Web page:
Back before we were able to connect consoles to the internet, if a developer released a broken game, something overrun with bugs or controls that didn't work just right, there was nothing to be done about. That was it. The game printed on that cartridge or CD would be the only version ever made. So if a fighting game character was OP, it stayed OP until the next iteration of the game saw release.
With the introduction of updates to game development, this problem could be avoided. Bugs missed in the testing phase could be squashed after a game had released, meaning the game you bought at launch would theoretically only get better as developers continued to work on them. But the promise of post-release updates led to a troubling trend in the industry: more and more, developers and publishers would push out products that had no business being on store shelves. Games like Assassin's Creed Unity, Ghost Recon Breakpoint, Fallout 76, Anthem, and SimCity are among the most notable titles of the past 10 years to buckle at launch.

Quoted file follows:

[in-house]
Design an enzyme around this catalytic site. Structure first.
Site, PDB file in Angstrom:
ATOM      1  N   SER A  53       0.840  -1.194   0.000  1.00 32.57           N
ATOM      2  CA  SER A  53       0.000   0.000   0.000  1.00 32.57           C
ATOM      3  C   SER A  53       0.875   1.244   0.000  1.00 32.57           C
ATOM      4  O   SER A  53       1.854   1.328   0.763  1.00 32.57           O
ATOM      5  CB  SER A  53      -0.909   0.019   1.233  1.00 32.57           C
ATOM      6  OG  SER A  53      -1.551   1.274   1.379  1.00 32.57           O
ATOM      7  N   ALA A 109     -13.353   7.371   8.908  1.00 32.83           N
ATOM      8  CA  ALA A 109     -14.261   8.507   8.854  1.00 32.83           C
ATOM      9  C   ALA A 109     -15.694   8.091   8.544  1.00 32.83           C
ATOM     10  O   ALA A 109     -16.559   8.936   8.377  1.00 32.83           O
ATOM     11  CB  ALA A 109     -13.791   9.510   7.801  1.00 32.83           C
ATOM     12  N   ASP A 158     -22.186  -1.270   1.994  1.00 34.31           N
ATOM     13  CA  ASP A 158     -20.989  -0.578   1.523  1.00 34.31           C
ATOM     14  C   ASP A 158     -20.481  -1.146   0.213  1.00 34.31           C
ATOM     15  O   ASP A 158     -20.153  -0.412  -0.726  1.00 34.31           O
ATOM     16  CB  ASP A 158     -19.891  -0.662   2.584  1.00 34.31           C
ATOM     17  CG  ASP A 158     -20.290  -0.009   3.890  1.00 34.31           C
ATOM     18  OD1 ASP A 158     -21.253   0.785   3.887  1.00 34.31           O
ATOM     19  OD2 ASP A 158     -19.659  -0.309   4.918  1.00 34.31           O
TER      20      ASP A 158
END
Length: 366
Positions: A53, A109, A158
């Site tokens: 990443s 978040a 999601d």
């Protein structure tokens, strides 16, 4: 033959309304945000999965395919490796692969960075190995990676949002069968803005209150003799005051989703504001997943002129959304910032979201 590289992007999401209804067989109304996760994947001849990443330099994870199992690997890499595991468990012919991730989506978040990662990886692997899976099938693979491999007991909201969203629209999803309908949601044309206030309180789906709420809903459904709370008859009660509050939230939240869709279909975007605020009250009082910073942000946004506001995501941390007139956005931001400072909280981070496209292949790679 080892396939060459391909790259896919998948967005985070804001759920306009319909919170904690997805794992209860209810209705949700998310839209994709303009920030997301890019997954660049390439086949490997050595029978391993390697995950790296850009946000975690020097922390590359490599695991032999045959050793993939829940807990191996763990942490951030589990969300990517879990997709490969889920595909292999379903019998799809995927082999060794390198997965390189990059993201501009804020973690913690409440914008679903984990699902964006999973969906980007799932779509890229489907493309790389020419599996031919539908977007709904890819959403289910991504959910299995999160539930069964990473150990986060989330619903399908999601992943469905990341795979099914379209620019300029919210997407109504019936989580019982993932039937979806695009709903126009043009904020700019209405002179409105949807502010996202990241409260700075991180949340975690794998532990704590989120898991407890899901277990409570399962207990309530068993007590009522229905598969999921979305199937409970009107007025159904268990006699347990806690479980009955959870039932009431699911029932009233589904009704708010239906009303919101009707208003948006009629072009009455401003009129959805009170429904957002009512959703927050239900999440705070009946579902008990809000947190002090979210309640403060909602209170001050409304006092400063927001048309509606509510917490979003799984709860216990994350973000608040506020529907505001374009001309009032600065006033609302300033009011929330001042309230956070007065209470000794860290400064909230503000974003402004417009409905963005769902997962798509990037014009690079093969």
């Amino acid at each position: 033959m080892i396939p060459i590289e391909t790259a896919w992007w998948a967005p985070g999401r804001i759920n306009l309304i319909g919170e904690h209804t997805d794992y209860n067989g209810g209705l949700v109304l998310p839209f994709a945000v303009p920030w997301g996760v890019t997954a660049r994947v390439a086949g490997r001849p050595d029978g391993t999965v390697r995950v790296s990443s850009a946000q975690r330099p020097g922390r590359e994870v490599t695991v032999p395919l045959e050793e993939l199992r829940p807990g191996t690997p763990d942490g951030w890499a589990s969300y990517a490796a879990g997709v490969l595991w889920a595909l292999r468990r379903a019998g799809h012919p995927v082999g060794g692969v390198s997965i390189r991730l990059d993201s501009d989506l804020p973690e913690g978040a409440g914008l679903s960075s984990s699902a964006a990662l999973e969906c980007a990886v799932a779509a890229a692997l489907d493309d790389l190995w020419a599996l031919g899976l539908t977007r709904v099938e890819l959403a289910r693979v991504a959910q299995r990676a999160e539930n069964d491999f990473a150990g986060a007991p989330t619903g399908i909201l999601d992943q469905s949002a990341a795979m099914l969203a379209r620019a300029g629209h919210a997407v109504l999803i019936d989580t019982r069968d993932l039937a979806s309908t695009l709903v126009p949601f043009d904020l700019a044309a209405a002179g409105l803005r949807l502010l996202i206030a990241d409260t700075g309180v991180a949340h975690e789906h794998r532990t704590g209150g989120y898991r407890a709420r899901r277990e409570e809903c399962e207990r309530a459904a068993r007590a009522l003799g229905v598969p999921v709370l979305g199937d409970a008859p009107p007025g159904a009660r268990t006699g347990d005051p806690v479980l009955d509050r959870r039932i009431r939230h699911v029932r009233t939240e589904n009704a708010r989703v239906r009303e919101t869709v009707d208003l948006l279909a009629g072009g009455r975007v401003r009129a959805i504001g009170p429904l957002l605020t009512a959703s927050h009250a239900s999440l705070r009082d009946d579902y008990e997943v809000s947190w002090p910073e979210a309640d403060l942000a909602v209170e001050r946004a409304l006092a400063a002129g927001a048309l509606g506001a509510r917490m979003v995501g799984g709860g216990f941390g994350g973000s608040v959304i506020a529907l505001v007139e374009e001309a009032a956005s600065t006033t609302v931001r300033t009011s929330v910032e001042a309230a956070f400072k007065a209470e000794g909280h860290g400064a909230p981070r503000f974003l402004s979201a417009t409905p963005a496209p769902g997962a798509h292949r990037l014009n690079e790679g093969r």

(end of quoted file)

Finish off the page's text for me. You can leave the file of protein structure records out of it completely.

And then there is Final Fantasy XIV, Square Enix's MMO follow-up to the massively popular Final Fantasy XI. When it released in 2010, it was met with universal disdain as players and reviewers labeled it an unfinished, jumbled mess of a product. Less than three months after it launched, Square Enix removed original producer Hiromichi Tanaka from the project and replaced him with Naoki Yoshida, who had the near-impossible task of turning this turd of an RPG into something players would be willing to pay a monthly subscription fee for.
Less than three years after Final Fantasy XIV crashed and burned, A Realm Rebornemerged from its ashes and established itself as the definitive MMO of the decade.